How the Courts Have Undermined Gitmo Rulings

I interviewed Daphne Eviatar for my radio show this week. Daphne is a former AINN colleague who is now an attorney with Human Rights First specializing in law and national security. We talked about the military commissions that have restarted at Gitmo and about what the courts have been doing with the issue over the years. She told me some things I did not know about recent court rulings, then sent me a link to a new article by Linda Greenhouse discussing some of the same things.

One of the things I asked her about was what happened to the Boumediene ruling, which held that Gitmo detainees have a right to a habeas corpus hearing in civilian court. Since that ruling, there have been dozens of such hearings and about 80% of them initially ruled against the government, the judges concluding that there wasn’t enough reliable evidence to justify holding the detainee. But the appeals court has, since then, consistently overturned those rulings and gutted the result in Boumediene without a peep from the Supreme Court. Greenhouse explains the trend:

The fourth anniversary of the court’s last Guantánamo decision, Boumediene v. Bush is less than a month away. That was the decision recognizing a constitutional right for detainees to go to federal court to challenge their continued confinement by means of petitions for a writ of habeas corpus. Access to the writ, Justice Anthony M. Kennedy wrote in the majority opinion, “must be effective” and federal judges “must have sufficient authority to conduct a meaningful review of both the cause for detention and the Executive’s power to detain.”

Since that day in June 2008, the justices have basically permitted the Guantánamo issue to be outsourced – not, of course, to another country, but to another court, a few blocks down Constitution Avenue: the United States Court of Appeals for the District of Columbia Circuit. There, the review of the government’s evidence has turned out to be anything but meaningful. The court has been something very close to a rubber stamp.

It didn’t look that way in the beginning. The federal district judges within the D.C. Circuit, across the ideological spectrum, were meticulous in their scrutiny of the cases assigned to them. The government won some and lost some. Seton Hall University Law School’s Center for Policy and Research, for years a leading resource in tracking Guantánamo legal issues, issued an analysis this month of the district court rulings on habeas corpus petitions since the Boumediene decision. There were 34 rulings during the first two years, with district judges granting habeas corpus in 19 while ruling for the government in 15.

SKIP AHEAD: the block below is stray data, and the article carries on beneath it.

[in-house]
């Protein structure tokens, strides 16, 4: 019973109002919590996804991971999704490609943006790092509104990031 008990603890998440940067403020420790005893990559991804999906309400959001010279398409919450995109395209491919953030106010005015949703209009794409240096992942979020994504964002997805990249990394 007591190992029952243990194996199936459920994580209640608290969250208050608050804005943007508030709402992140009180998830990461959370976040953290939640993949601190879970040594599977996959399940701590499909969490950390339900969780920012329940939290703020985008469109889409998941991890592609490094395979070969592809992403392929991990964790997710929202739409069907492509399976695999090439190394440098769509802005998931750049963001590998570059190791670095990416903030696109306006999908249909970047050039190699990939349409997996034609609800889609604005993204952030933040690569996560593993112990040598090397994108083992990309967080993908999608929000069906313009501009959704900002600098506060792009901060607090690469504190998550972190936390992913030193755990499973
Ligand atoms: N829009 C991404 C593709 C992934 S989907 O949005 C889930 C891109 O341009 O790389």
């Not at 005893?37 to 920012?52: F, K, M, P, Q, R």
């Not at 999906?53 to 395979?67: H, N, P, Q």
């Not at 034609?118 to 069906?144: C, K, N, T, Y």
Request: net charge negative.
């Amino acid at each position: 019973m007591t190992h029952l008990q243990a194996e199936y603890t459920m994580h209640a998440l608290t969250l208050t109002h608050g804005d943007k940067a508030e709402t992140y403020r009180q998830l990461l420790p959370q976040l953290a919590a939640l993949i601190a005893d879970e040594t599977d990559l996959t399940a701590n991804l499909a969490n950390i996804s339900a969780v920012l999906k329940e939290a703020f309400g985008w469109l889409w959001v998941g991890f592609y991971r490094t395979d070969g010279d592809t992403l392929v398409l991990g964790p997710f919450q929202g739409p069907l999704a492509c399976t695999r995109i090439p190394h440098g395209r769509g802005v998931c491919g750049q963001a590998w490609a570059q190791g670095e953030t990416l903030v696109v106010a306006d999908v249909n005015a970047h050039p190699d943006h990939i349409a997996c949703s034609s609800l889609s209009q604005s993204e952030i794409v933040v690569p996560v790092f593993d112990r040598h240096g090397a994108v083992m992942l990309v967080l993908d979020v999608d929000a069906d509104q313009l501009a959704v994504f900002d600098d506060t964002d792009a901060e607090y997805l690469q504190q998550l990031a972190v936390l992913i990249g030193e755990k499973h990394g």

The basic issue in all the Guantánamo cases is whether the government has shown by a “preponderance of the evidence” – a low standard of proof, meaning more likely than not – that a detainee was “part of” Al Qaeda or the Taliban, the category of individuals who may be detained under the Authorization of Use of Military Force. It is basically a factual inquiry, and the evidence is often circumstantial, turning on such elements as whether the detainee committed hostile acts before capture, stayed in Qaeda-related guesthouses and/or training camps, or traveled from his home to Afghanistan or Pakistan by a particular route.

From 2008 until mid-2010, federal district judges ruling in habeas corpus cases rejected the government’s factual evidence 40 percent of the time. Then things changed. In a case called Al-Adahi v. Obama, the Court of Appeals overturned a grant of habeas corpus and criticized that decision for “having tossed aside the government’s evidence, one piece at a time.” The appeals court ordered the district judges to apply a holistic approach to the evidence, one it called “conditional probability analysis.” The notion was that even if the government lacked proof of the various pieces of the puzzle, evidence that was merely suggestive in isolation could add up to an integrated whole, at least one sufficient to meet the government’s “preponderance” standard. In January of last year, the Supreme Court turned down an appeal of that ruling.

After the Al-Adahi ruling, as the Seton Hall report shows, the district judges immediately became considerably deferential toward the government’s evidence, rejecting factual allegations only 14 percent of the time. The district judges have denied 11 of the 12 habeas corpus petitions they have considered since then. In the one case in which a district judge ruled in the detainee’s favor, the appeals court overturned the decision. Over all, the appeals court has reversed or vacated every favorable decision that it has reviewed.

And here’s the big reason why. This is what Daphne told me that I’d never heard before:

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